When I hear conservatives bashing Donald Trump, I sometimes wonder: Are these the same people who enthusiastically endorsed John McCain and Mitt Romney for president? Are these the same people who supported George W. Bush when he pushed Medicare D and a $150 billion stimulus package through Congress?
“Trump is not a real conservative,” they say. Really? Let’s go down the list: He favors lower taxes, less regulation, a robust military, traditional marriage, local education, gun ownership, a balanced budget, protection of the unborn, the elimination of Obamacare, a crackdown on illegal immigration, an America-first foreign policy, respect for the police, gratitude to our military veterans, and the public celebration of Christianity. Sounds awfully conservative to me.
To be sure, Trump also champions some form of universal healthcare and the welfare state. But these are two exceptions in an otherwise straightforward conservative resume. More importantly, every Republican candidate in recent memory – to my utter dismay – has favored leaving the welfare state almost entirely intact. How exactly is Trump different than anyone else in this regard?
Right-wing media outlets often tout Ted Cruz as a principled conservative, but – newsflash – he too favors preserving most of the welfare state. Certainly no one has heard him campaign against it.
And to those who swear to Cruz’s conservative credentials, I ask you further: Does a conservative employ children to laugh at another candidate in a television commercial? Does a conservative side with radical leftists when they violently shut down a Republican rally? Does a conservative lie about another candidate’s sister to score political points? Does a conservative wax ambivalent when asked about torturing terrorists? Does a conservative call for the destruction of another man’s life because he briefly pulled a reporter away from his boss (when video footage clearly shows the reporter unfazed by the incident)?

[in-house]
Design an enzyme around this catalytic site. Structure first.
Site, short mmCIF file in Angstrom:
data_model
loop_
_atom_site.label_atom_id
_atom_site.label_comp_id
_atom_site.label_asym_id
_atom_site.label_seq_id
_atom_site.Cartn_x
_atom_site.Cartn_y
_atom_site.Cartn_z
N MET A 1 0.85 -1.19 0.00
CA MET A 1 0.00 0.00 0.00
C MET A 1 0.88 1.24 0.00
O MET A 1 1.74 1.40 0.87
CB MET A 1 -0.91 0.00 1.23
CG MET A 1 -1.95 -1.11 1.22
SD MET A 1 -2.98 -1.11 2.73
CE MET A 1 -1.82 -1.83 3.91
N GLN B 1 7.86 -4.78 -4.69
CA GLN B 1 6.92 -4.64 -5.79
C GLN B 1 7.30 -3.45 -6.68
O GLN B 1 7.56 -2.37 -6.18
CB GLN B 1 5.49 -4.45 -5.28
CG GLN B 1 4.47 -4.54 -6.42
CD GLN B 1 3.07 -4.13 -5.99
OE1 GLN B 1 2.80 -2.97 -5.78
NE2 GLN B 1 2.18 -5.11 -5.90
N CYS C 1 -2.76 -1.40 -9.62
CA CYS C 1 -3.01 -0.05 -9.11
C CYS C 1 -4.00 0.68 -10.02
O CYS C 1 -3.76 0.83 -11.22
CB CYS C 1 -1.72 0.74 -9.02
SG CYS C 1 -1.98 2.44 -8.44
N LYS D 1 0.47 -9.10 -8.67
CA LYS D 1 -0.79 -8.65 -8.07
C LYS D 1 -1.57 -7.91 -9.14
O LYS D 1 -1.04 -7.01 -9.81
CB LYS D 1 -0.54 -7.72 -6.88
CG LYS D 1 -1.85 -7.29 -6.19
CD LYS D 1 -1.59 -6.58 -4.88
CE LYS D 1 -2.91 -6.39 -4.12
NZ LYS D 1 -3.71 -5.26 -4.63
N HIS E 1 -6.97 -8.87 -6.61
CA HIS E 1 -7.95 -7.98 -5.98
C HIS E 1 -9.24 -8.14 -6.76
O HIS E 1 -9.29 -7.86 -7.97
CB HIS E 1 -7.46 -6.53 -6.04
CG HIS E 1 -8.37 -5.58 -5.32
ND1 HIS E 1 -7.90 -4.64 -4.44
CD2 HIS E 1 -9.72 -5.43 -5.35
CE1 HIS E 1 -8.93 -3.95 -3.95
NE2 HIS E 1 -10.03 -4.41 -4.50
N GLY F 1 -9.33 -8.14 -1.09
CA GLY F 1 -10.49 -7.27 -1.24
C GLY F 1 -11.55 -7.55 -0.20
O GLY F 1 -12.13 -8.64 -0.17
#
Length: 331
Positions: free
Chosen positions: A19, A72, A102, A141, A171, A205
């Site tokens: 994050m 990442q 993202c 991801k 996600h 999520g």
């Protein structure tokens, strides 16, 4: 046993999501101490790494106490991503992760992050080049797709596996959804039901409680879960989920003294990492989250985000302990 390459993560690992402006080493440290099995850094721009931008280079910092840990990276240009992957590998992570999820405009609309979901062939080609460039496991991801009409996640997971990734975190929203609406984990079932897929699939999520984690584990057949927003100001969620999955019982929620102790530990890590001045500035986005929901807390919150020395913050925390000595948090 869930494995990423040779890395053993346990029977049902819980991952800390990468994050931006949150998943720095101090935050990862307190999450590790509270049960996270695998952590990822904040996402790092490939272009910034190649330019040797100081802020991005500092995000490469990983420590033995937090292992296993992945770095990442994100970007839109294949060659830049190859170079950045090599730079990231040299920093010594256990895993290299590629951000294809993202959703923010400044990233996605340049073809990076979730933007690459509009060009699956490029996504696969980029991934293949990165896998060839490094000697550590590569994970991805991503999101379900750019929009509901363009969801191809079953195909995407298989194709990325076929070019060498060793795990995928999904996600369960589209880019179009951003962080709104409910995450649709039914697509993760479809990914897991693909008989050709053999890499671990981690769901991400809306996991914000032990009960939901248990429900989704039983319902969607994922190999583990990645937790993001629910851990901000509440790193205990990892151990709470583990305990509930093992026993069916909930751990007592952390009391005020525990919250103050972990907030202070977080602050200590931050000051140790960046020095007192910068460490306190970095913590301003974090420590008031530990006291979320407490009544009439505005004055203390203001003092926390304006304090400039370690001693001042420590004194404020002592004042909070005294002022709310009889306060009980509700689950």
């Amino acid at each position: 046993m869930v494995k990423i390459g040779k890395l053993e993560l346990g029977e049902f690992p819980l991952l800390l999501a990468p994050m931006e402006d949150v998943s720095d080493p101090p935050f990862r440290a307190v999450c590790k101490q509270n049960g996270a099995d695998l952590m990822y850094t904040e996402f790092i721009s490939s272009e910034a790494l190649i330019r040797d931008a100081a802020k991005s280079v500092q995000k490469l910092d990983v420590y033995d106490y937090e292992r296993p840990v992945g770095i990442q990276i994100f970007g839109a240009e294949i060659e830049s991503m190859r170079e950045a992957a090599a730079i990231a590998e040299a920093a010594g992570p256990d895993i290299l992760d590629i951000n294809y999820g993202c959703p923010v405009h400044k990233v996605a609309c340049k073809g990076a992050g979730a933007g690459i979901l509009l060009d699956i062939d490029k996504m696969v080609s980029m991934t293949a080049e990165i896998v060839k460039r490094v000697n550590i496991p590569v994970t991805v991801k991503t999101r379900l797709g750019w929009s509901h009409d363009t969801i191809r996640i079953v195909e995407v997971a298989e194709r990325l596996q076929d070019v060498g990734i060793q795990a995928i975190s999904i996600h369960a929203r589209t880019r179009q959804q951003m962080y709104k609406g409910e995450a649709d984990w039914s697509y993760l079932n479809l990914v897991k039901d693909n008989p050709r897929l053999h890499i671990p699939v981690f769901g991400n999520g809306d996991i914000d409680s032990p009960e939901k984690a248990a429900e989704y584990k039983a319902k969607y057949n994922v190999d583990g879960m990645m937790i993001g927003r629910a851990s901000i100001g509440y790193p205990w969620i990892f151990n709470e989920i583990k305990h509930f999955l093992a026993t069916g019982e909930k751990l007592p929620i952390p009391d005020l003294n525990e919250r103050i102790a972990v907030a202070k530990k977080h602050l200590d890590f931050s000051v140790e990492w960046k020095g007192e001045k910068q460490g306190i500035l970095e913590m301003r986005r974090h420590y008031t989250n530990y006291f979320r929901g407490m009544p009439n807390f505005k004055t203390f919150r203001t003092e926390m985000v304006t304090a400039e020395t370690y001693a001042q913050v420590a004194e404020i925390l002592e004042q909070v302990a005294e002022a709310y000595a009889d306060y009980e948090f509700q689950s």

Even when I am inclined to side with Cruz, I wind up disagreeing with him. For example, a recent pro-Cruz Super PAC ad questioned whether Melania Trump, who formerly posed nude for magazine photo shoots, was fit to be our next first lady. A true conservative appalled at the moral degeneration of American society would have applauded such an ad. Cruz denounced it.
And that leads me to my final point: Cruz is a politician. Simply out, there’s something fake about him. His cadences, his overly long dramatic pauses – they’re all affected. Trump nailed this point months ago when he said Cruz always talks as if he were debating. In other words, he never actually speaks like a normal person (even when he tries to appear “folksy” by wearing jeans on the campaign trail, which apparently is very presidential behavior).
So I ask my fellow conservatives: Do we really want to vote another politician into office? Someone who pretends to be a conservative purist but is anything but? Someone who claims to be a genuine man of the people but can’t utter a natural-sounding sentence?